Ultimately, Zhao says that the onus to implement substantive structural changes cannot rest on individual restaurants. Without industry-wide reforms, restaurants offering more equitable pay and increased benefits will continue to lose customers due to their higher price points. Policy changes at the federal level are necessary to make restaurants more sustainable. In the meantime, restaurant owners will need to take the initiative to prove that their businesses offer generous pay and benefits, as well as positive work environments that care about their employees and provide opportunities for career growth. These decisions may cost more in the short run, but as Zhao has found, they pay off.


By Danny McGowan

Chief Operating Officer, Cornerstone Restaurants

The mantra “Everything we do is marketing,” has changed to “Everything we do is recruiting.” And it’s every day, knowing that recruitment right now is the No. 1 goal.

We don’t claim to have the magic bullet on the labor shortage, but we know that to succeed at recruitment you have to be thinking about retention. Here are ideas and our approach (for the eight restaurants under Cornerstone Restaurants, which include Bill Kim’s Urban Belly and Michael Jordan restaurants):

1. Use all job posting sites. Ours include Indeed, Craigslist and Snagajob.

2. Check all applicant channels several times a day. The response time is no longer days or hours but minutes. Text the candidates. Gen Z and the younger millennials rarely use email.

3. Incorporate recruitment into your social media campaigns, emails, signage at the restaurant tables, retail counters and displays.

4. “Recruit” in every conversation. Does your neighbor have kids coming home for breaks and need work? What about newly retired people who want to get out of the house?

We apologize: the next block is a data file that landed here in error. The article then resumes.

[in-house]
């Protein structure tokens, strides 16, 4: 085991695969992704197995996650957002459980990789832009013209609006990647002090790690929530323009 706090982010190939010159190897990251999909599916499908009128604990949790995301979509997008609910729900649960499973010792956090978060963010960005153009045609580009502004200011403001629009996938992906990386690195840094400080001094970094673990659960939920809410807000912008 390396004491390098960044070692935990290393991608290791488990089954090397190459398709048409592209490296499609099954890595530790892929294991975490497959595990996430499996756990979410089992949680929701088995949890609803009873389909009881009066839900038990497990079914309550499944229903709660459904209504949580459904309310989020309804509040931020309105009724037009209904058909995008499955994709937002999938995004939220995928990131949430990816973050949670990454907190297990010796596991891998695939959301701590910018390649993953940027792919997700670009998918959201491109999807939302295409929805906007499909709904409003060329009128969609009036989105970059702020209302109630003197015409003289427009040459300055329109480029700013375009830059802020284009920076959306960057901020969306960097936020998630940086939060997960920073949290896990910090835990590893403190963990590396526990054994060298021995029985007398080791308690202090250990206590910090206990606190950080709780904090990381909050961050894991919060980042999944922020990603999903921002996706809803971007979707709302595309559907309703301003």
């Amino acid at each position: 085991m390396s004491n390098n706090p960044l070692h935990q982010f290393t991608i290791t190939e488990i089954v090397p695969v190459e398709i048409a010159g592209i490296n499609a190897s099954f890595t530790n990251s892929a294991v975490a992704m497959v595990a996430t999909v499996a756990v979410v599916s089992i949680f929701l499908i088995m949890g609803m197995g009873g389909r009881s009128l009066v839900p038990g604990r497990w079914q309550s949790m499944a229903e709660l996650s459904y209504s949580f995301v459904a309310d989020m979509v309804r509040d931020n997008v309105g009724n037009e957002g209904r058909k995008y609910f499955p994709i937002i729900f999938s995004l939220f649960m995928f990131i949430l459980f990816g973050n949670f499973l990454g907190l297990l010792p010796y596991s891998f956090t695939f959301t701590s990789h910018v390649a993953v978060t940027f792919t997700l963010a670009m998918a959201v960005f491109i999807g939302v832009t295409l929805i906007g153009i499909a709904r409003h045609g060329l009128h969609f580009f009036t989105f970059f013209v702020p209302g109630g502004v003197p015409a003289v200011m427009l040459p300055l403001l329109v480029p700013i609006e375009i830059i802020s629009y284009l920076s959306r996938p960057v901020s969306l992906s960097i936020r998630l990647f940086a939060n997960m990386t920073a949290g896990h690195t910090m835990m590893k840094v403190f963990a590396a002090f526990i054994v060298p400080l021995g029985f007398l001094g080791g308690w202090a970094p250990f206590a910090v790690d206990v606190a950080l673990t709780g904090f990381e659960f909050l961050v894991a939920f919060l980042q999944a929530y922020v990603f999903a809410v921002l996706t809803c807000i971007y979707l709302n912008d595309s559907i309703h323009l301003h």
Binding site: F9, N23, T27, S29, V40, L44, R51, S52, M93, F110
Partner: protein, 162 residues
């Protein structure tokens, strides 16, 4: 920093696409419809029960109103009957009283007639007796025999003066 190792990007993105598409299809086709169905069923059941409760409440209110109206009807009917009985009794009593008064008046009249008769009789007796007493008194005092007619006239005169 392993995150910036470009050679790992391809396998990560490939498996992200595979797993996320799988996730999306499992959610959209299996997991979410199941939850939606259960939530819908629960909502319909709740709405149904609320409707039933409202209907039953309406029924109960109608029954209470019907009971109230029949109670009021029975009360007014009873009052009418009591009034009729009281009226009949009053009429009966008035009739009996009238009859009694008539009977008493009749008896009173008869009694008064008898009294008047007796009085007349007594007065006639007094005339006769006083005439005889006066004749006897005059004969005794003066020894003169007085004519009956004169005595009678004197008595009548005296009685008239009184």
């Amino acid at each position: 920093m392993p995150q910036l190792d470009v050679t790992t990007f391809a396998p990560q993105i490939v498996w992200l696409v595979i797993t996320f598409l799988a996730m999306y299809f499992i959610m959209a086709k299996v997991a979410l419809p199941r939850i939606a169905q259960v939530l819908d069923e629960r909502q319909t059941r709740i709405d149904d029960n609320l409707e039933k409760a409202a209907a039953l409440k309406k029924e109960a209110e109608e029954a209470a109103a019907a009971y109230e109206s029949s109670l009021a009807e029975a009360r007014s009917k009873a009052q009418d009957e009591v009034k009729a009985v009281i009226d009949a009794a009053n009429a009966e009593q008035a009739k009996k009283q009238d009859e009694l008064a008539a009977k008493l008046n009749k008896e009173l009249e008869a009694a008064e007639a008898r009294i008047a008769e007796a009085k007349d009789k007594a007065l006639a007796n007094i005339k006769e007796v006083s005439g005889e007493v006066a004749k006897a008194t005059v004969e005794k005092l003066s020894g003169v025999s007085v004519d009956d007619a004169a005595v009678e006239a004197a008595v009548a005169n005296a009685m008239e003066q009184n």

5. Offer internships. Can you help college students earn credits or help recent graduates with job experience and a wage, while they look for work in their field? For example, if they want to get into marketing, include some of those duties in addition to other areas where you need help.

6. Provide incentives. Offer signing bonuses or referral bonuses to existing employees. Investigate what’s been done. Some companies have become especially creative with these.

7. Evaluate your current rates of pay and employee benefits. Are you competitive with your market (your competition is no longer only hospitality)? Do you have unique benefits that may attract employees?

8. Be flexible with hours and days. Can parents or guardians start later to get kids off to school, or start earlier and leave earlier to pick up kids or get to a night class? Can your business hours be flexible, such as closing earlier, opening later, closing a day of the week that is historically not busy to accommodate workers?

9. Evaluate the needs of your staff and what’s important to them. As a restaurant, you can partner with other businesses through trade to offer workers discounts and benefits.

10. Check your culture. Is your operation a place that people want to come to? Workers have a lot of choices these days.